The gift not yet opened

Our Christmas tree, 2011

Our Christmas tree, 2011

“The most splendid Christmas gift, the most marveled and magic, is the gift that has not yet been opened. Opaque behind wrapping or winking foil, it is a box full of possibilities…Often what precedes is better than what follows, even when, like Christmas Day, what follows is good.”Gregg Easterbrook

As with other happy events, the anticipation that builds during the holiday season is often just as exciting (or more so) than the day itself.  As the old saying goes, “getting there is half the fun.”  If the stress of shopping, baking, wrapping and decorating has you undone, try slowing down long enough to actually savor the tasks themselves.  Perhaps it will help if we think of the future as a gift not yet opened.  Rather than focusing on what irritates or worries us, let’s enjoy the wonder of the present, and the hope for beautiful things that may lie ahead.


  1. Beautiful post Julia, the unopened gift is the most wonderful we can get. Your tree is wonderful to look at, it surely brings the holiday right into your home. Have a very Merry Christmas and a Healthy, Happy New Year.

    • Thank you, Patricia! I’m so happy to have you visit us here, and I hope you and your loved ones have a wonderful holiday.

  2. Mike Bertoglio

    Not putting up a tree this year as out kids have abandoned us and moved East. Two boys both on the East coast and we are stuck here in rainland.
    Oh well-but this tree takes me back. My grandparents had the mother tree and these old time oil bubbling lamps that were like little lava lamps- in different colors. I am sure these are outlawed now and it is a wonder they did not set their place on fire.
    We do have one Amaryllis however -which actually is setting a bloom at this time. Have a blessed holiday.

    • Hi Mike, no Christmas trees for us this year either, a first in this family. The past two years we have had two large ones, and always at least one, but this year has been too tough on us. We do have a lovely poinsettia a friend gave us. I hope your Amaryllis will bloom gloriously! They are so beautiful. I have a photo of some that I will probably post here sometime this year. Hope you have a blessed holiday too!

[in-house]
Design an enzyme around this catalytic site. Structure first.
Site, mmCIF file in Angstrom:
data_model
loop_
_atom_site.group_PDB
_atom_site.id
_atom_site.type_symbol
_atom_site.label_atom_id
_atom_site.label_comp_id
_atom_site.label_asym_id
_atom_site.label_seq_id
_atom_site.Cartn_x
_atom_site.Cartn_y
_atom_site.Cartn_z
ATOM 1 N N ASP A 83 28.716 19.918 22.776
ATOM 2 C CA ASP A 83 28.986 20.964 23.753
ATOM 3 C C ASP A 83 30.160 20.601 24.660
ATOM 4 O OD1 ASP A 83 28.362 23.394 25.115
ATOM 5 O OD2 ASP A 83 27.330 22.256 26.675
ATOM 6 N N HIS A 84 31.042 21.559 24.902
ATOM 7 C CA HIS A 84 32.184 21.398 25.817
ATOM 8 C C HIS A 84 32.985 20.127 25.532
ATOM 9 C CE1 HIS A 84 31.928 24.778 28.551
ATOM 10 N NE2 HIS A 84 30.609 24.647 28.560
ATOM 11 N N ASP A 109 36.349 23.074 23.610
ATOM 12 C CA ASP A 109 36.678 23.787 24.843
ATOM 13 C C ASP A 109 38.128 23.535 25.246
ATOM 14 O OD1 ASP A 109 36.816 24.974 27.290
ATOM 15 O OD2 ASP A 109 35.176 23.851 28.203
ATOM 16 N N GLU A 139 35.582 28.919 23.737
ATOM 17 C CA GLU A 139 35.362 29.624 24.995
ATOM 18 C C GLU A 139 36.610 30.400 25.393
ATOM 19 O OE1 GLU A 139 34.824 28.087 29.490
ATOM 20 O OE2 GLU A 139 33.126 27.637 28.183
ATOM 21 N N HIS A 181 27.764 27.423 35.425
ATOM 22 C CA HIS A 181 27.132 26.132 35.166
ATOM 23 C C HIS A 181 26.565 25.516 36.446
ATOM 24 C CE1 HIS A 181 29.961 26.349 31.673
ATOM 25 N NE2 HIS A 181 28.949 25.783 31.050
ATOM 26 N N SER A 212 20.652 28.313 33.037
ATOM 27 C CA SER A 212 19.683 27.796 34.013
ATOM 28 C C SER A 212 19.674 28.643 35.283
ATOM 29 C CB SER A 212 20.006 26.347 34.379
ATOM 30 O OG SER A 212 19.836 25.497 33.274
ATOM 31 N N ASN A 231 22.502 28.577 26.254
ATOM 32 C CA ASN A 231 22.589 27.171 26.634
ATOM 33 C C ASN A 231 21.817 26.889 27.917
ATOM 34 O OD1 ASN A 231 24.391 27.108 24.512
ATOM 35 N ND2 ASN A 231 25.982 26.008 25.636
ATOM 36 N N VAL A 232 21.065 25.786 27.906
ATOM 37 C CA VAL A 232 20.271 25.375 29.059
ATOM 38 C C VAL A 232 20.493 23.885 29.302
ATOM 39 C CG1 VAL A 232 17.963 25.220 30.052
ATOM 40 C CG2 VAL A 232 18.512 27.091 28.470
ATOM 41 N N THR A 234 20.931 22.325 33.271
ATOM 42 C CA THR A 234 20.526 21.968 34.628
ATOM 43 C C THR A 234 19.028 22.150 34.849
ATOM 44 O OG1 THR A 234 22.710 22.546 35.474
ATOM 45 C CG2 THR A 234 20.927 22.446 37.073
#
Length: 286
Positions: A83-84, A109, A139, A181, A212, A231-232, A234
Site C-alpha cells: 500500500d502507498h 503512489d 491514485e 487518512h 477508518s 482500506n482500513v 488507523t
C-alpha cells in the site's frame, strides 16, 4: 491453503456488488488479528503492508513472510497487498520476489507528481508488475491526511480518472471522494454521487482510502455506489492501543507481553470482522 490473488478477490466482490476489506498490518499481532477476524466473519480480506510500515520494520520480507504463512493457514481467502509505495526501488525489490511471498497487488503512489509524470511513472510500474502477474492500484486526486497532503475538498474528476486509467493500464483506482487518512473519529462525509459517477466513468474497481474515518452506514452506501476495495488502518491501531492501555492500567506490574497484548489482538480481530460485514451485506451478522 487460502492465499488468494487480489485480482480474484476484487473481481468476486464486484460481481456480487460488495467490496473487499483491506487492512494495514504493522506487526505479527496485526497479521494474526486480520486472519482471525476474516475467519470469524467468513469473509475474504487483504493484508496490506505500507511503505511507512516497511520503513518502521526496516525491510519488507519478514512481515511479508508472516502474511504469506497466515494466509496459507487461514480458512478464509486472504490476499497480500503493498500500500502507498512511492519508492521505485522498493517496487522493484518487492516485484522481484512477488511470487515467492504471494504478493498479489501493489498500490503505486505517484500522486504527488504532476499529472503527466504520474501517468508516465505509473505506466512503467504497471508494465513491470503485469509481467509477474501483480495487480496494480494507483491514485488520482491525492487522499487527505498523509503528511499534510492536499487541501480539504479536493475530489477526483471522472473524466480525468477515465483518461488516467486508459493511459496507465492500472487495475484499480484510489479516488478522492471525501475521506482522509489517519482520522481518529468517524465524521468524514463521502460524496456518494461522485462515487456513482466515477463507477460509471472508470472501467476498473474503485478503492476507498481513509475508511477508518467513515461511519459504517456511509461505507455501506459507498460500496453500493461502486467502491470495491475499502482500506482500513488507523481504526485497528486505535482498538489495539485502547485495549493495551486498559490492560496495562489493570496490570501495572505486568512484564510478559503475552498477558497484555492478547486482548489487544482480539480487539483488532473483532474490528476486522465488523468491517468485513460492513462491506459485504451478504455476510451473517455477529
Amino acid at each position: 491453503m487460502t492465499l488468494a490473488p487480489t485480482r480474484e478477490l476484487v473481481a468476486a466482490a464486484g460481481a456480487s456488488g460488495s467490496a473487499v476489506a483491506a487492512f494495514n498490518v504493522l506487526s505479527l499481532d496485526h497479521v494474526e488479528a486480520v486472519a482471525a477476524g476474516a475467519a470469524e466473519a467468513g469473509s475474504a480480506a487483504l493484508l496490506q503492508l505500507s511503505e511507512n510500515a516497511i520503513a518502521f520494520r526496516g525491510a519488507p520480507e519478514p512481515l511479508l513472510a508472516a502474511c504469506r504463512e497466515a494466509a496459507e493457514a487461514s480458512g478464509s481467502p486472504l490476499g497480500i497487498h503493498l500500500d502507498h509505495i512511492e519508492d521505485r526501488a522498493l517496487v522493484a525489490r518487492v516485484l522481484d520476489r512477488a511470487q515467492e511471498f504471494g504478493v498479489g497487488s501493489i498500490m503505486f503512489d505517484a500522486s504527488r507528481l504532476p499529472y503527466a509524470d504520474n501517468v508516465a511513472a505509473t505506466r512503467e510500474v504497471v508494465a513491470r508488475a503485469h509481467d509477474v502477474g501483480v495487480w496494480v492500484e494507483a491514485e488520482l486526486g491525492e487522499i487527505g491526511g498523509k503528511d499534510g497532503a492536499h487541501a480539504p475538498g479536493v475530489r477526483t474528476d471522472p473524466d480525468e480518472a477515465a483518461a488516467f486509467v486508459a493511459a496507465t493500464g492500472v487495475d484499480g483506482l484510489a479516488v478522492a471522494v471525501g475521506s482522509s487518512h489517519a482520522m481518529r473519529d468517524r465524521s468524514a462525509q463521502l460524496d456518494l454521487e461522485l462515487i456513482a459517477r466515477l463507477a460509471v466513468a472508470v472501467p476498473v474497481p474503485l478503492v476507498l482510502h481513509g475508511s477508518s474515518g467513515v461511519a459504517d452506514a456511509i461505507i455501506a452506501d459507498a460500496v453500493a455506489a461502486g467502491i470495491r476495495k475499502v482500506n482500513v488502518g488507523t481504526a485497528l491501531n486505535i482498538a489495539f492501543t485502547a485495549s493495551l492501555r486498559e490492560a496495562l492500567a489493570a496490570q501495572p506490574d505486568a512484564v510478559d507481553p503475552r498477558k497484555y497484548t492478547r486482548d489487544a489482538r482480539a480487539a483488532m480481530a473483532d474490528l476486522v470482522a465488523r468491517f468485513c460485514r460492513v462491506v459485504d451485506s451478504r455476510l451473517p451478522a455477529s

• Mike – this a sort of “test”, conducted by Eric, to see if a comment can be made, and moderated, almost a year later?
      But, I wanted to tell you that this year, we gave a “retro” gift of those very same lights to my daughter! Being afraid (wisely) to put them on a tree, they have a mirror lined with them, as a Christmas decoration.

      • Eric, comments can be made and moderated anytime, although very few people will read the ones posted on posts from way back, and some bloggers close comments on a post after a set time (default is 14 days). But I see no reason to do that, especially if I’m linking to a post from a year ago. If Mike doesn’t see this immediately, perhaps he will on the 22nd when I link back to it.

      • Julia – thank you for your consideration.

  3. i Hope

    • Kate, hope you and your loved ones have a blessed holiday season.

  4. Mike Bertoglio

    Thanks Julia. Also have a Mandevilla on the deck which after blooming all summer is still setting flowers! And it was 33 degrees last night. If I had a decent cell camera I could post.
    Please keep friend Terry in prayer as he lost his dad yesterday after long battle.

    • Will do on the prayers for Terry. Our neighbors have a Mandevilla and it’s gorgeous. I assumed they brought it in during the winter, but maybe not. I want to try one here sometime when I have the time to pay enough attention to keep it alive! 🙂

  5. Eleni